Monday, September 15, 2014

Anthony Watts gets (slam) dunked in the oceans by CSIRO and Nature

I know you don't need any more proof that Anthony Watts doesn't read what he posts about, but you're getting it anyway. Today he's gloatingly posted:
You might remember this claim from Australia’s CSIRO back in 2012 published in the Sydney Morning Herald. It’s been busted by a new paper:

Has the CSIRO paper been busted? Nope. Not at all. Just the opposite. It's findings have been confirmed.

The new paper Anthony is talking about is a study published in Nature Geoscience. Anthony doesn't provide a direct link to the press release, but here it is - at Eidgenössische Technische Hochschule Zürich. It says in part:

With a new analysis of land regions, ETH climate researcher are challenging the general climate change precept that dry regions are getting drier and wet regions are getting wetter. In some regions they are encountering divergent trends.
Based on models and observations, climate scientists have devised a simplified formula to describe one of the consequences of climate change: regions already marked by droughts will continue to dry out in the future climate. Regions that already have a moist climate will experience additional rainfall. In short: dry gets drier; wet gets wetter (DDWW).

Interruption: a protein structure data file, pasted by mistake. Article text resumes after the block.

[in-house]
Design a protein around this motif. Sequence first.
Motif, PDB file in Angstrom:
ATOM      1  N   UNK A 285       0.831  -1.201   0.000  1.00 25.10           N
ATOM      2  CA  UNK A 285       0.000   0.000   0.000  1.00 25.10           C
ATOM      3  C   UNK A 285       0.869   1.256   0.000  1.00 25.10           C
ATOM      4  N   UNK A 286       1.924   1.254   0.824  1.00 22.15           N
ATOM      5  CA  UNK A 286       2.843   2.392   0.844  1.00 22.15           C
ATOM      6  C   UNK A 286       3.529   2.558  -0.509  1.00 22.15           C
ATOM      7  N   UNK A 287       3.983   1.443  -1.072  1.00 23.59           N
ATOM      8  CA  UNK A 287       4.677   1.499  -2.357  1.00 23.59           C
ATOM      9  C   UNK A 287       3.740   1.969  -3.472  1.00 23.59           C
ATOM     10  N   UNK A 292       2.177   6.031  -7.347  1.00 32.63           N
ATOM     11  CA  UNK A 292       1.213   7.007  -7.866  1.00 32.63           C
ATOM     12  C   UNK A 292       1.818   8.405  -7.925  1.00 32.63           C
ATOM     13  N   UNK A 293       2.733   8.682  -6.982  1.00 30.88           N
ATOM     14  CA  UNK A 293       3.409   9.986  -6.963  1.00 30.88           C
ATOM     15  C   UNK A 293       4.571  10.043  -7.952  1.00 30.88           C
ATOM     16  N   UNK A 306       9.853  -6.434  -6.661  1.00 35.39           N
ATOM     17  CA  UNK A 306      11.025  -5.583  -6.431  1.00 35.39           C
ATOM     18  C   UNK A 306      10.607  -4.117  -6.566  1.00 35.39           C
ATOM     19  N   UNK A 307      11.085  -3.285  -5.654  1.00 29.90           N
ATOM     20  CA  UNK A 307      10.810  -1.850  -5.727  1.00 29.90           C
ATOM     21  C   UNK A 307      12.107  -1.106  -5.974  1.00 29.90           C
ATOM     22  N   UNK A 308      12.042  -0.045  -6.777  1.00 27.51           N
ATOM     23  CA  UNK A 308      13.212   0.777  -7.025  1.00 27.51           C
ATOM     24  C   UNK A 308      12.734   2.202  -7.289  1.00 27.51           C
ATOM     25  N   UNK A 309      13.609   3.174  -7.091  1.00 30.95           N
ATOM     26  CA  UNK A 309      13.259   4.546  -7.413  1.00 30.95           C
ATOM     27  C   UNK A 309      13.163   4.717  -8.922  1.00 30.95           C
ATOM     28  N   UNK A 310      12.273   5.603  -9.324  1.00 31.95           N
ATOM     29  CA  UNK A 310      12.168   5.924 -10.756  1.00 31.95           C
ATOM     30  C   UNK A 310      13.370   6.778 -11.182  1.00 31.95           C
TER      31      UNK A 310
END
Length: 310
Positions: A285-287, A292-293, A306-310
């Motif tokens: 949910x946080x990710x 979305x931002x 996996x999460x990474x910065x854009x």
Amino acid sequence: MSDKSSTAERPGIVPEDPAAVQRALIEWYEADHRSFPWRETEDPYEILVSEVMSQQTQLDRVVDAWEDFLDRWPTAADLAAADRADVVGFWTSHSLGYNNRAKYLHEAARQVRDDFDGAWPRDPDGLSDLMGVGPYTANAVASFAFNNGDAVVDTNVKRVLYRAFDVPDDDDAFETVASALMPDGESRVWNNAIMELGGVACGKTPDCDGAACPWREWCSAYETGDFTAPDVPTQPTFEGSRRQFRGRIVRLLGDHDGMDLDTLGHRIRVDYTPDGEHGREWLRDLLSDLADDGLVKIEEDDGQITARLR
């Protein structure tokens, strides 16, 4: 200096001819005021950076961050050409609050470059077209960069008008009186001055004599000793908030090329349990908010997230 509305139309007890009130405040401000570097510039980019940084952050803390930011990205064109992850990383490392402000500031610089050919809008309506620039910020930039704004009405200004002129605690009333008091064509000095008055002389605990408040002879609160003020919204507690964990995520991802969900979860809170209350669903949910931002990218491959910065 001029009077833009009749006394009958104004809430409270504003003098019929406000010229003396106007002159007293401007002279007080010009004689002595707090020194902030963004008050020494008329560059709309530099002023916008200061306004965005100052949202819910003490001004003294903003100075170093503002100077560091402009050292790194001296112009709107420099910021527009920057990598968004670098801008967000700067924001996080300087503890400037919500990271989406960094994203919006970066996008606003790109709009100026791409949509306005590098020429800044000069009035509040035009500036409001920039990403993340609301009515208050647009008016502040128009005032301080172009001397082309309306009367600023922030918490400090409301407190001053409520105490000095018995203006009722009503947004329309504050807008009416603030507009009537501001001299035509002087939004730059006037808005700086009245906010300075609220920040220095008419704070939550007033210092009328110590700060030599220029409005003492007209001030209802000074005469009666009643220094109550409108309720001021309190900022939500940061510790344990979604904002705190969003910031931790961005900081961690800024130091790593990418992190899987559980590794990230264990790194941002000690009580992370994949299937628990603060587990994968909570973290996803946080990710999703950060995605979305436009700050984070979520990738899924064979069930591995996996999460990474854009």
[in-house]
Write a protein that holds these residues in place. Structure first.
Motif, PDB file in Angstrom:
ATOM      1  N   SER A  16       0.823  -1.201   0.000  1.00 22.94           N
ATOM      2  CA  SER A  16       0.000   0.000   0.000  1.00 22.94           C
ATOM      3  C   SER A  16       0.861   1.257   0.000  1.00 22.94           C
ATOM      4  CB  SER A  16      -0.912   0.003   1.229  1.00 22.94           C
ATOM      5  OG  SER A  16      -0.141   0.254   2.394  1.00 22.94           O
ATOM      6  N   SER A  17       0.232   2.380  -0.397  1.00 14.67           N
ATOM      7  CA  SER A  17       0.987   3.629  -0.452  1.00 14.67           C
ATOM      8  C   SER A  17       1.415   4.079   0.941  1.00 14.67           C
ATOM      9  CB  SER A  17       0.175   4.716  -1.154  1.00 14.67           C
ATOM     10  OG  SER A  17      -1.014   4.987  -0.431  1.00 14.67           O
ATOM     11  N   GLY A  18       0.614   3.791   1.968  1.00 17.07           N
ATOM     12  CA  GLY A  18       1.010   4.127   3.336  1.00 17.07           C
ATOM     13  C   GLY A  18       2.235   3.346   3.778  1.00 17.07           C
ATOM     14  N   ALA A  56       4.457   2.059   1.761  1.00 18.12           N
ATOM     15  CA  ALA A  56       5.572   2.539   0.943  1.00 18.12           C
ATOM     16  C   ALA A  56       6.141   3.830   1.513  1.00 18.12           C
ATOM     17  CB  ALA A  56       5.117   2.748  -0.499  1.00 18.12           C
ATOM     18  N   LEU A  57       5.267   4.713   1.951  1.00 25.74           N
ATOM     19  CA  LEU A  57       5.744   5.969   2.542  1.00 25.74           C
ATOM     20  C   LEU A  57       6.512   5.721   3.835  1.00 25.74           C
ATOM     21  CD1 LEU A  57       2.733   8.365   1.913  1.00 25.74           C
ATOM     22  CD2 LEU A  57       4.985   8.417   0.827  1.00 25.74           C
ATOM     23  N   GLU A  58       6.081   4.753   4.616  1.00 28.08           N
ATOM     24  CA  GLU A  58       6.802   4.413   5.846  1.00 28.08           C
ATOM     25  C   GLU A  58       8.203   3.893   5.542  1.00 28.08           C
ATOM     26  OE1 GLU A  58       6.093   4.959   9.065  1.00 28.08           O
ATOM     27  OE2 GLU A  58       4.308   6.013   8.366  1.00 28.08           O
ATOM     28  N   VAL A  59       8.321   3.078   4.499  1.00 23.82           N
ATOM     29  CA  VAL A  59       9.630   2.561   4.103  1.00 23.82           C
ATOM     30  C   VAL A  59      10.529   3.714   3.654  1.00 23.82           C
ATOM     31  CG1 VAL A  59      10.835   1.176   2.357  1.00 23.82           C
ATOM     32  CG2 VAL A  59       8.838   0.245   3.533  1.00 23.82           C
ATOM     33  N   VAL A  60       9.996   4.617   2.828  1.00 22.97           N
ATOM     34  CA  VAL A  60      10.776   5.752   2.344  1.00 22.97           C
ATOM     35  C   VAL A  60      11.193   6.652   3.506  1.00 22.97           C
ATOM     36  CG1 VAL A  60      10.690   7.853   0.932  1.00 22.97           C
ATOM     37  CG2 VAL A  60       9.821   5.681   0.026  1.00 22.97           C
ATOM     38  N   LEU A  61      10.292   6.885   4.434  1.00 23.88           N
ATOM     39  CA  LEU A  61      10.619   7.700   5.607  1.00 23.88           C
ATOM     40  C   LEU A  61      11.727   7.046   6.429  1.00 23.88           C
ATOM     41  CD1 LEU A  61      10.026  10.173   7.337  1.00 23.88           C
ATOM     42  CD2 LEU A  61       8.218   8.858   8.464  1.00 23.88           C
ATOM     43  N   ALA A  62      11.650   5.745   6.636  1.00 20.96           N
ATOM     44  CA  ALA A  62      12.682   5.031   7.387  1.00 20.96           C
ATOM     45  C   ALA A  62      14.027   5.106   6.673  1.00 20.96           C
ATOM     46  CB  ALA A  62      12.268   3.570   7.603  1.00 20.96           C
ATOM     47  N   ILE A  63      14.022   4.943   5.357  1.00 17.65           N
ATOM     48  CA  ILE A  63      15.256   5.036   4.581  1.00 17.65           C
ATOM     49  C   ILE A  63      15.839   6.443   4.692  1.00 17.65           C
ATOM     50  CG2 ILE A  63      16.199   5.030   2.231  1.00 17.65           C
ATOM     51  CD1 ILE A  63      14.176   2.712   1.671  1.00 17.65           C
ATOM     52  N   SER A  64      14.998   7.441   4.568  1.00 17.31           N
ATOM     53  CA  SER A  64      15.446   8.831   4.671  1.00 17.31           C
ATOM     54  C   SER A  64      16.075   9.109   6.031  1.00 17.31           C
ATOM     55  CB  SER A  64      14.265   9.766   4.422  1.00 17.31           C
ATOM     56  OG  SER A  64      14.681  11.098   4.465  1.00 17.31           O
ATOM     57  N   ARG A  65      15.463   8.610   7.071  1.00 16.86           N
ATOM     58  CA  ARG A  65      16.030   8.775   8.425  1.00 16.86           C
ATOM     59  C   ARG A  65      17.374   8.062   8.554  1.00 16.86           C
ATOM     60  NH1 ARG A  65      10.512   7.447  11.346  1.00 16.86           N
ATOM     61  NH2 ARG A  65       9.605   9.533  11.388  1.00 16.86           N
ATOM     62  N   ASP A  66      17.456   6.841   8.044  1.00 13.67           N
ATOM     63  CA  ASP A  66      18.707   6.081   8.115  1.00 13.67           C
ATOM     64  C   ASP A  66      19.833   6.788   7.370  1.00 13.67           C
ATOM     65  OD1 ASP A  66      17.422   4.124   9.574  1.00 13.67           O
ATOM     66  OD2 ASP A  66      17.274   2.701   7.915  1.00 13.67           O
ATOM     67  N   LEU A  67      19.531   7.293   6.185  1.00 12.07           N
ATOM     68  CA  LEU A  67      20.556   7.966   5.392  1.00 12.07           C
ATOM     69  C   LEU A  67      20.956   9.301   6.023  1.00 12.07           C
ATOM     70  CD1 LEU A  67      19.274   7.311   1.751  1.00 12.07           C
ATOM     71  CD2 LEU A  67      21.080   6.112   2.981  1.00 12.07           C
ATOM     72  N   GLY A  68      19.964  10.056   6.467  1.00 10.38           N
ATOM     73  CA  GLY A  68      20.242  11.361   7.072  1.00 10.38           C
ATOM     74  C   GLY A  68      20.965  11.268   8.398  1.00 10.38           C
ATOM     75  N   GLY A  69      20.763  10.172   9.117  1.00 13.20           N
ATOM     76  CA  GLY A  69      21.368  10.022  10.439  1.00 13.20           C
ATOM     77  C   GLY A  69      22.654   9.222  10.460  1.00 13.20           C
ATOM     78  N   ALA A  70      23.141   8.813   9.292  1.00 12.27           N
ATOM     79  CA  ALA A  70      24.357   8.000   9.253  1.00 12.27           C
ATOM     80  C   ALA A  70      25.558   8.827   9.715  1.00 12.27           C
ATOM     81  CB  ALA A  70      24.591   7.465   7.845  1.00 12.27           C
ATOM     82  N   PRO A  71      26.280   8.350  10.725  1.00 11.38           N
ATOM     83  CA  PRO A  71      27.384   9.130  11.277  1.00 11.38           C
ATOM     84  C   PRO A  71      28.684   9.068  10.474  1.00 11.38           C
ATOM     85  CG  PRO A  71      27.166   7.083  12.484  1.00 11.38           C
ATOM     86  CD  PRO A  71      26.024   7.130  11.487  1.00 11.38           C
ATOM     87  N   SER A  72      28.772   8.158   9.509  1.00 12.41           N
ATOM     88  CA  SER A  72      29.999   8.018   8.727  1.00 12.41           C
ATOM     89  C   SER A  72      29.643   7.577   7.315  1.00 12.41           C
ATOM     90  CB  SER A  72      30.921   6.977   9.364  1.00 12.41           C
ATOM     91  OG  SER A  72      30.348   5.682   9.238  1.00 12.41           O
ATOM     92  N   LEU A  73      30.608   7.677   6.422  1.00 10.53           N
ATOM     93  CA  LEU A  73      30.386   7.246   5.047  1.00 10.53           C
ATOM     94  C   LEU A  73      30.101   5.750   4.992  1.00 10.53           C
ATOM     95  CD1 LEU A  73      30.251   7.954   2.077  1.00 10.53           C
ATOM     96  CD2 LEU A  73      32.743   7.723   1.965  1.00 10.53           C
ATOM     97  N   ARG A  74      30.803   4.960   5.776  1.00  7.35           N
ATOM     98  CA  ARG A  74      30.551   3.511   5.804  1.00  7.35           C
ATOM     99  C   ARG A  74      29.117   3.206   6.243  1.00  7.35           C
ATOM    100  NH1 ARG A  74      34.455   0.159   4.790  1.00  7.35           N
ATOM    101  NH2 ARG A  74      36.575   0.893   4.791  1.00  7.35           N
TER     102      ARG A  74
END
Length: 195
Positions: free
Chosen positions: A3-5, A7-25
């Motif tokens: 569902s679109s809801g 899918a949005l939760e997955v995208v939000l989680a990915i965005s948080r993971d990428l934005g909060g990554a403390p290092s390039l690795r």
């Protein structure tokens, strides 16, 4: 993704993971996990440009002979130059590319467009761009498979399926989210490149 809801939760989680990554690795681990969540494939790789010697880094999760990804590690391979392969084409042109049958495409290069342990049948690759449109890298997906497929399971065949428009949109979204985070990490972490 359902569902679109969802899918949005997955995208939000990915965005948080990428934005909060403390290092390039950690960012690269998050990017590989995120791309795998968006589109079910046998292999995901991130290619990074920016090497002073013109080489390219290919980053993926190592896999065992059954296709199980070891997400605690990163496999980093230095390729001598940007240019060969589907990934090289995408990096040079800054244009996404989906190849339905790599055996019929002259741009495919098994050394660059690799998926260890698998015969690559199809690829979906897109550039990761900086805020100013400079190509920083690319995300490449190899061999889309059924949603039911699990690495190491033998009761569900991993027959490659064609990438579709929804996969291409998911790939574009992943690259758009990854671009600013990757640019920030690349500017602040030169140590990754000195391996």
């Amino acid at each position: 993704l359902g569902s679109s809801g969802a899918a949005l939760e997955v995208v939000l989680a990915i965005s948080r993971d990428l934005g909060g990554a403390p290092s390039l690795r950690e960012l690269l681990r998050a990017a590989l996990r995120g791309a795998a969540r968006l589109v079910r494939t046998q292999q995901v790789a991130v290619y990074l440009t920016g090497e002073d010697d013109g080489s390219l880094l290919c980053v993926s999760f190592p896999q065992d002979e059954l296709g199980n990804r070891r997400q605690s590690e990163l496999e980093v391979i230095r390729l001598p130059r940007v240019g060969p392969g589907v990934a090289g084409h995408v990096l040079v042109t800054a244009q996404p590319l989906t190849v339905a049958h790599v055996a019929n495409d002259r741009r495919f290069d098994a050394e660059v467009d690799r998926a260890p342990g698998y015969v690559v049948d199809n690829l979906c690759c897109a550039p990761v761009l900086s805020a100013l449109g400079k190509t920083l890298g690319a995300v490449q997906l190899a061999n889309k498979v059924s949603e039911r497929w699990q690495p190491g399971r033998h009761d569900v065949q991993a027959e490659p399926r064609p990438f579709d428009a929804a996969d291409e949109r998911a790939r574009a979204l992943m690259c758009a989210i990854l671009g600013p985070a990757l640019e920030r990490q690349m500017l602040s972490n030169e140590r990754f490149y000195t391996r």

However, this formula is less universally valid than previously assumed. 
...the researchers compared data from between 1948 and 1968 and 1984 to 2004.
The evaluation shows no obvious trend towards a drier or wetter climate across three-quarters of the land are[a]. There are solid trends for the remaining quarter. However, only half of this surface area follows the DDWW principle, i.e. one-eighth of the total landmass, while the trends seem to contradict this rule over the other half.

Land doesn't conform to expectations

That is, when comparing the two periods, 1948-1968 and 1984-2004 and just looking at land:

  • three quarters of the land area showed no obvious trend
  • one quarter of the land area shows solid trends
  • half the land areas in this quarter, or 1/8 of the land areas followed the dry getting drier, wet getting wetter pattern, and 
  • half showed the opposite. That is, 1/8 of the land areas showed dry getting wetter and wet getting drier.

The supplementary information seems to be different to the press release. It states in part:
In our study, we detect changes in the mean hydroclimatological conditions between the time periods 1948 to 1968 and 1985 to 2005.
This is different to what's stated in the press release.  Further, the supplementary info itself has more comparisons than the paper does.